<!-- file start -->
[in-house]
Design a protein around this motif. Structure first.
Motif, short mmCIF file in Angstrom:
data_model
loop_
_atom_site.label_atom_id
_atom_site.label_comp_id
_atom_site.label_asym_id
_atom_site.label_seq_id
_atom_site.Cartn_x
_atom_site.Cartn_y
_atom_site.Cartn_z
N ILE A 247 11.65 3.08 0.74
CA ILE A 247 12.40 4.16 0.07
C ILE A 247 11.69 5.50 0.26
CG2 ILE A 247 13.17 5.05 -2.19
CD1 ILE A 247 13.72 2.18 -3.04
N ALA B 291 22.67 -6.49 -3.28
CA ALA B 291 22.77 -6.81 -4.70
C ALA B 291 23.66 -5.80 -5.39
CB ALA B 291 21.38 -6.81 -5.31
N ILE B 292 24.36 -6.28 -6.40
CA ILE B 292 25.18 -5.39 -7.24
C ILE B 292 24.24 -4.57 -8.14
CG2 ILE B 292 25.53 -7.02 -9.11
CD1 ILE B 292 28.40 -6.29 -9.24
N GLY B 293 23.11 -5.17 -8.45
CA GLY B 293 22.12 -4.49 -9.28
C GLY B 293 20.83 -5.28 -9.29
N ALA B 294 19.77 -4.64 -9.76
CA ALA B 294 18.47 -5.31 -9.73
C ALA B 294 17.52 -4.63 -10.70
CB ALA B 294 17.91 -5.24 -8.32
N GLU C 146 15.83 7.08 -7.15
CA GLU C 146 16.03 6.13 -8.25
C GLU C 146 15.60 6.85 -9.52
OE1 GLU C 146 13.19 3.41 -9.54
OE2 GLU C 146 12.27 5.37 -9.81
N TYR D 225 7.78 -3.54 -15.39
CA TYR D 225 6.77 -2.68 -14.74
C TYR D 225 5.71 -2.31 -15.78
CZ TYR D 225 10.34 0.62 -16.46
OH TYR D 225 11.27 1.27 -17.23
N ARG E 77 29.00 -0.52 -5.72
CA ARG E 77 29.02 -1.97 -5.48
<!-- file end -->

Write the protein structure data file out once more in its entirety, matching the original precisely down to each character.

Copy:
[in-house]
Design a protein around this motif. Structure first.
Motif, short mmCIF file in Angstrom:
data_model
loop_
_atom_site.label_atom_id
_atom_site.label_comp_id
_atom_site.label_asym_id
_atom_site.label_seq_id
_atom_site.Cartn_x
_atom_site.Cartn_y
_atom_site.Cartn_z
N ILE A 247 11.65 3.08 0.74
CA ILE A 247 12.40 4.16 0.07
C ILE A 247 11.69 5.50 0.26
CG2 ILE A 247 13.17 5.05 -2.19
CD1 ILE A 247 13.72 2.18 -3.04
N ALA B 291 22.67 -6.49 -3.28
CA ALA B 291 22.77 -6.81 -4.70
C ALA B 291 23.66 -5.80 -5.39
CB ALA B 291 21.38 -6.81 -5.31
N ILE B 292 24.36 -6.28 -6.40
CA ILE B 292 25.18 -5.39 -7.24
C ILE B 292 24.24 -4.57 -8.14
CG2 ILE B 292 25.53 -7.02 -9.11
CD1 ILE B 292 28.40 -6.29 -9.24
N GLY B 293 23.11 -5.17 -8.45
CA GLY B 293 22.12 -4.49 -9.28
C GLY B 293 20.83 -5.28 -9.29
N ALA B 294 19.77 -4.64 -9.76
CA ALA B 294 18.47 -5.31 -9.73
C ALA B 294 17.52 -4.63 -10.70
CB ALA B 294 17.91 -5.24 -8.32
N GLU C 146 15.83 7.08 -7.15
CA GLU C 146 16.03 6.13 -8.25
C GLU C 146 15.60 6.85 -9.52
OE1 GLU C 146 13.19 3.41 -9.54
OE2 GLU C 146 12.27 5.37 -9.81
N TYR D 225 7.78 -3.54 -15.39
CA TYR D 225 6.77 -2.68 -14.74
C TYR D 225 5.71 -2.31 -15.78
CZ TYR D 225 10.34 0.62 -16.46
OH TYR D 225 11.27 1.27 -17.23
N ARG E 77 29.00 -0.52 -5.72
CA ARG E 77 29.02 -1.97 -5.48